Seek, Judge, Act – the Sertillanges side of the story

I’ve written recently about the role of Léon Ollé-Laprune’s Aristotelian “See Judge Decide” formula in the development of Cardijn’s See Judge Act. But there’s also a lot more to the See Judge Act story.

Let’s start with another quote that intrigued me for a long time. Back in the 1980s, when I was visiting the USA for the YCW, I met a parish youth minister in Chicago. From memory his name was Tom.

Tom told me that “the see, judge, act was based on Aquinas’ analysis of the virtue of prudence” or words to that effect.

Well, that was something new for me and I was intrigued but also embarrassed because I did not know this! So I did not dare to ask him for the source of his claim!

In fact, it’s a claim that I heard a number of times – always in the US, never in any other country.

Eventually, thanks to Mary Irene Zotti’s history of the US YCW, A Time of Awakening, I discovered what I believe to be the source, namely a quote from the Dominican writer Francis Wendell OP writing in Laymen, Vatican II’s Decree on the Apostolate of the Laity: Text and commentary, Catholic Action Federations, Chicago, 1966:

“The See, Judge, and Act method, conceived by Thomas Aquinas, activated by Cardinal Cardijn, and canonized by Pope John XXIII is indeed a continuing process and a discovery that is invaluable to the layman. It keeps the person with his feet in the order of reality and his head and heart in the realm of faith.” (Page number not cited).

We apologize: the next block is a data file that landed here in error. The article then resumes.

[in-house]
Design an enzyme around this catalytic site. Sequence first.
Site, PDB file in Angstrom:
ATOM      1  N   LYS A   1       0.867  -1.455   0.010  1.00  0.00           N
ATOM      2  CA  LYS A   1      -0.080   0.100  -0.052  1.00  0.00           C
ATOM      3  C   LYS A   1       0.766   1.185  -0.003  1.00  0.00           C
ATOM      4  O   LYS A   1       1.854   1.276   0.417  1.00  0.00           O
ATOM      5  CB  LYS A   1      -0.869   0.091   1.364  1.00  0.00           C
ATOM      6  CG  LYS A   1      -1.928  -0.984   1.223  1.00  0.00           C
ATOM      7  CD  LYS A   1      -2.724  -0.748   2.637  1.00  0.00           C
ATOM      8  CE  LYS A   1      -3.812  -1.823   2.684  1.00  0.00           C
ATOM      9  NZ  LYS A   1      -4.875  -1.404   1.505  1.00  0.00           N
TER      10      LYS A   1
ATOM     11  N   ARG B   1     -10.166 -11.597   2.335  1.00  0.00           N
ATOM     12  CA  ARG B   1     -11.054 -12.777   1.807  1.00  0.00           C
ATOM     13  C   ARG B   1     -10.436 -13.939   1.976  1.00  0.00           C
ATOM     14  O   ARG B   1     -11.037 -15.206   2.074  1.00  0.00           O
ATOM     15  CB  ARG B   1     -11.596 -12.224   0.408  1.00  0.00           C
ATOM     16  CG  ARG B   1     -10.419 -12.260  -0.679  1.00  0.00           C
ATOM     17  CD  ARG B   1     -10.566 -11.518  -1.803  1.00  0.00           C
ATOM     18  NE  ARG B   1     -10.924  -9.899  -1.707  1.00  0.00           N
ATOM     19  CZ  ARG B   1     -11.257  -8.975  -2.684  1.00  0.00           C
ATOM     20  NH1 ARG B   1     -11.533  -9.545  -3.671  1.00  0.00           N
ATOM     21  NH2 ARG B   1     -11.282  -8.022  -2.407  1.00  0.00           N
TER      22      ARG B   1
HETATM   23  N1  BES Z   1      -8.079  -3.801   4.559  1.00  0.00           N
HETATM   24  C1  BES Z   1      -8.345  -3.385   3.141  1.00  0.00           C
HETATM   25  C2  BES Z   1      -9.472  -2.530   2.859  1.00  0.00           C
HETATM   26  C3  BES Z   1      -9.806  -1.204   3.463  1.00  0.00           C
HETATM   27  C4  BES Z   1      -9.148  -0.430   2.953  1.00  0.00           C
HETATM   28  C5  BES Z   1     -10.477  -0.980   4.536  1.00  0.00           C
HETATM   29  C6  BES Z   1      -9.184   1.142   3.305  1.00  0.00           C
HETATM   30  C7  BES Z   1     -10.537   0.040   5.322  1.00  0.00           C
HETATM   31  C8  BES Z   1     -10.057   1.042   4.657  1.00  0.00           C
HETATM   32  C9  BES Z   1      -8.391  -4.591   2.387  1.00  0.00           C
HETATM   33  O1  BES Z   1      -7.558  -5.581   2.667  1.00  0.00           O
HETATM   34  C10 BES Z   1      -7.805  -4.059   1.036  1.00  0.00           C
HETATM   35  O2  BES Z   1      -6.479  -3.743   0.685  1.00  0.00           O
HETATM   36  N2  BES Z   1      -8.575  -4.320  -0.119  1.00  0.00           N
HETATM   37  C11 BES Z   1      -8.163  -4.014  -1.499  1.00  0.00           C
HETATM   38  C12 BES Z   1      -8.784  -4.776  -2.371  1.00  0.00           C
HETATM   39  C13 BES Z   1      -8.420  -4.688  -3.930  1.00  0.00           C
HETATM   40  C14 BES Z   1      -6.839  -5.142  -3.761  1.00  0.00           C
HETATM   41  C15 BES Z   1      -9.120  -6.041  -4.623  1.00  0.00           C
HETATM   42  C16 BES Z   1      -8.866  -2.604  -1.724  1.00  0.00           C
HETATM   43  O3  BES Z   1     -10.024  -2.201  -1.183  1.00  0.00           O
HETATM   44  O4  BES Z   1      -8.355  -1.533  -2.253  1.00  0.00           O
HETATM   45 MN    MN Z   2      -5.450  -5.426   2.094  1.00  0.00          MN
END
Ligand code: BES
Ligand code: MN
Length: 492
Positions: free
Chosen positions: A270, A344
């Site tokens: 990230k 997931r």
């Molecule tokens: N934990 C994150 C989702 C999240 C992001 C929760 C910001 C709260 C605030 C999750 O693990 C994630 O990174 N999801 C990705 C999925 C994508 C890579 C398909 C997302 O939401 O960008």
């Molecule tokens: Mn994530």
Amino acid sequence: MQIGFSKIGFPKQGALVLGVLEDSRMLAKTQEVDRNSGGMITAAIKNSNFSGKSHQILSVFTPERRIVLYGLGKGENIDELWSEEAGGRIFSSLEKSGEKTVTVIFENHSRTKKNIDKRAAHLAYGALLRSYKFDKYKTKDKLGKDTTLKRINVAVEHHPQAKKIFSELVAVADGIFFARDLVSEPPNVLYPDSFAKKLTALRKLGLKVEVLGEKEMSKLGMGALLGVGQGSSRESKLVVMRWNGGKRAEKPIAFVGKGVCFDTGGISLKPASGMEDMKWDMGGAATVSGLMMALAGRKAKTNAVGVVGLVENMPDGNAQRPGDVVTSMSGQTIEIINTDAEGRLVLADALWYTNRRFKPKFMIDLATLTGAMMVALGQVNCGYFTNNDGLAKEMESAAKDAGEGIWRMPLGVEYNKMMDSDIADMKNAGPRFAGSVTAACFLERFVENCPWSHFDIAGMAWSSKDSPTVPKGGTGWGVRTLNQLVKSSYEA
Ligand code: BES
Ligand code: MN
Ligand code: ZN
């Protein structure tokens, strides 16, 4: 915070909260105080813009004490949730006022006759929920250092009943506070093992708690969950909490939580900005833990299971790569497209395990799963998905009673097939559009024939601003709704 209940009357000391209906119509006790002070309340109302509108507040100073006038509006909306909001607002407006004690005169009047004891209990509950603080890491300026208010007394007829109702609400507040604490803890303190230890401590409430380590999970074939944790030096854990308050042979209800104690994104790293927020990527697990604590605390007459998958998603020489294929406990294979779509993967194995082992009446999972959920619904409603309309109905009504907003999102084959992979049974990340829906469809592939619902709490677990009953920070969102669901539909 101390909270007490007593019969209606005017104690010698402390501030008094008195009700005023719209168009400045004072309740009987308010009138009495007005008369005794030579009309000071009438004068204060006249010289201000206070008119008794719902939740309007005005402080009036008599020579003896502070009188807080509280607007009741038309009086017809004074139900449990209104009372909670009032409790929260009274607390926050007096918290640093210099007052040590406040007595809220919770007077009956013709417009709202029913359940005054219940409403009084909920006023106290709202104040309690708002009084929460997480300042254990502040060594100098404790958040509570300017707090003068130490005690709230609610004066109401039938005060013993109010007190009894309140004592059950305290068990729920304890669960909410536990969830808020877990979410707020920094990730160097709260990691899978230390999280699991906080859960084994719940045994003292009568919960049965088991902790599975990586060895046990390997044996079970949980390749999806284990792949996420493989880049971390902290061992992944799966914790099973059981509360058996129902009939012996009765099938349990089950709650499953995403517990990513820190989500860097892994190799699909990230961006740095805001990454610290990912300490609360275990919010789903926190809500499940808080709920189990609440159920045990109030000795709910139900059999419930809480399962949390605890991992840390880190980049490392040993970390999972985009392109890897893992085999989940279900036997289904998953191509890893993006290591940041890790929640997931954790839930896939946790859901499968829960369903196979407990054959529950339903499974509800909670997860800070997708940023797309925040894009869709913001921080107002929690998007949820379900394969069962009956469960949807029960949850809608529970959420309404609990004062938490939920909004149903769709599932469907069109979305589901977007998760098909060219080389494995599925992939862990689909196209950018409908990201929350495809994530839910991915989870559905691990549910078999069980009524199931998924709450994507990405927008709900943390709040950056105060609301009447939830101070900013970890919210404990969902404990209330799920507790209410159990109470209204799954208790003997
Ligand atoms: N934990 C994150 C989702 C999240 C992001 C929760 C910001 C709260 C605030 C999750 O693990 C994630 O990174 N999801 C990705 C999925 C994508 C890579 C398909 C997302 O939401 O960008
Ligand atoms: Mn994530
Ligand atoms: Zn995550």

So, according to Wendell, Cardijn got the method from St Thomas, a big claim! The thought stayed with me and finally several years later, I did a course on philosophy in which I chose to write an assessment paper on the subject of prudence.

And sure enough, St Thomas did seem to divide prudence into three parts:

1. Counsel or deliberation (See)

2. Judgment (Judge)

3. Commands or precepts of action (Act).

See here for a similar online analysis:

http://www.nd.edu/~afreddos/courses/453/prudence.htm#two

At one level, the link with St Thomas gelled with the fact that at the start of the 20th century, the University of Louvain, its Insitute of Philosophy directed by the future Cardinal Desiré Mercier, was a hotbed of the revival of thomist thought. Moreover, one of Cardijn’s professors, Msgr Simon Deploige, was a professor at the Institute of Philosophy but who also taught sociology.

On the other hand, Cardijn hardly ever refers to St Thomas.